Money Market Stress
September 18th, 2008 12:36 pm
The money market is in a severe state of disruption in spite of the massive liquidity injection by the central banks of the world. Three month Libor for tomorrow is 3.40 percent bid and as of a few minutes ago there was no offer. Investors are allocating funds to the overnight market and that has prompted a bit of a scramble in the longer maturities such as the three month sector.
There was other troubling news, too. The Federal Reserve in a standard weekly announcement revealed that CP outstanding had declined by$52 billion in the week which ended at the close of business yesterday.
Additionally, the Colorado Diversified Trust with assets of about $200 million was not diversified enough and its exposure to Lehman caused it to break the buck. The fund ministers to local schools and governments in Colorado.
This was another source of tension and intensified the reexamination of portfolio holding by investors.
Finally, in a real world example of the extreme difficulty of funding at a reasonable rate, a AA rated bank paid 4.00 percent for $50 million of two week money. That demonstrates the significant pressure that even the most stellar names are facing.
If this doesn’t break, we will see a deflationary credit collapse. Either no one has the money to lend out or if they do have money, they don't trust the other side of the trade to be there the next morning so they can get repaid.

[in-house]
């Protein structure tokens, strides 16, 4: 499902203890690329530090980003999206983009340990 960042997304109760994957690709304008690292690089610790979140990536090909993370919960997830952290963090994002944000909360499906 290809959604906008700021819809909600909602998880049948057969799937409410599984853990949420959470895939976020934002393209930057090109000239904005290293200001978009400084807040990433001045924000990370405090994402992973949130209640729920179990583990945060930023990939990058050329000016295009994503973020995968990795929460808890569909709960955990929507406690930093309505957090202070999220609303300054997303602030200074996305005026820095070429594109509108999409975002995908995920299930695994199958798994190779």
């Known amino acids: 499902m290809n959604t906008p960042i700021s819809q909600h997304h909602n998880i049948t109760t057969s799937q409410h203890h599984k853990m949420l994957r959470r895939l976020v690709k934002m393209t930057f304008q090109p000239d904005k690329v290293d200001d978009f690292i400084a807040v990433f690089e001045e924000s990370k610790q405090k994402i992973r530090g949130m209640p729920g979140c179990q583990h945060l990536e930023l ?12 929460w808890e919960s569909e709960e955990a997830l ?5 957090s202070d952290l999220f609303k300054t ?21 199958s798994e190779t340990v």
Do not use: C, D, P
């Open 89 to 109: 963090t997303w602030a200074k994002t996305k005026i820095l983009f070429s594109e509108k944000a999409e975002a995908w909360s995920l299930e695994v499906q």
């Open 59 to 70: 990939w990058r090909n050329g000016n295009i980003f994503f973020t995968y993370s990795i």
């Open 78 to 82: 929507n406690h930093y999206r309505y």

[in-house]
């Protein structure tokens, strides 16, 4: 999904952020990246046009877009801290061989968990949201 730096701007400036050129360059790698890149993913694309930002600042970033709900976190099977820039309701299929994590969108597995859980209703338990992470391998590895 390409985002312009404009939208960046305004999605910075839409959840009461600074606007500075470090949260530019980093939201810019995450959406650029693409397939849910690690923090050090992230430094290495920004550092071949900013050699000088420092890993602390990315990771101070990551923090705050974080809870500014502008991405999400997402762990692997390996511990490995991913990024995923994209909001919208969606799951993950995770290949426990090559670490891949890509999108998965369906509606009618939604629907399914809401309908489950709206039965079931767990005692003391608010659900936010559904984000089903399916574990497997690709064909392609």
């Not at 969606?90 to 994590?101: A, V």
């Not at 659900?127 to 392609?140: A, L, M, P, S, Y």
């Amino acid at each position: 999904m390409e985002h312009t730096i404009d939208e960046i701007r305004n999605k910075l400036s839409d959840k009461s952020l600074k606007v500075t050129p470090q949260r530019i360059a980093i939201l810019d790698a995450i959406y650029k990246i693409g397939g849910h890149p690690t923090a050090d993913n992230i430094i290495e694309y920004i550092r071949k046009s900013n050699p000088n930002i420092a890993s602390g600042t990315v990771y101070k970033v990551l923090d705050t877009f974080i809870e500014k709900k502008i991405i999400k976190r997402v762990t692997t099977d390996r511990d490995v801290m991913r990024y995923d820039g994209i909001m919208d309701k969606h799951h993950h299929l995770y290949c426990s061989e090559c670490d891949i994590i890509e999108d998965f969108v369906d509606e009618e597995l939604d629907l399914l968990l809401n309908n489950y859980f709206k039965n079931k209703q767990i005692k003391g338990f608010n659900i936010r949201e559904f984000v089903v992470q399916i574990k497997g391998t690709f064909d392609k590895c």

If the commercial paper market continues to freeze up like this, it also means businesses in every industry are going to seize up. They simply will not be able to do business, fill orders, etc.Other bad news
Washington Mutual auction does not attract any bids-FT
The auction is being conducted by Goldman Sachs (GS), which has approached a number of banks, including Citigroup (C), JPMorgan Chase (JPM) and Wells Fargo (WFC), according to people close to the situation. The lack of interest in WaMu means that Goldman may evaluate other options, including raising capital by selling off attractive assets, or attempting to raise fresh capital to allow the bank to stand alone.
Money Market Funds are also freezing up. The only other place to destroy creditworthiness is top-rated commercial paper from non-financial corps and T-bills.
Banks abruptly stopped lending to each other or charged exorbitantly high rates Tuesday, threatening to spread the troubles of American International Group Inc. and Lehman Brothers Holdings Inc. to a broad range of financial institutions and the global economy.
* Net foreign purchases of long-term U.S. securities were negative $25.6 billion. Of this, net purchases by private foreign investors were negative $20.7 billion, and net purchases by foreign official institutions were negative $4.9 billion.
In the face of potentially huge gasoline and diesel shortages, this could create a catastrophic set of events that would shut the entire economy down!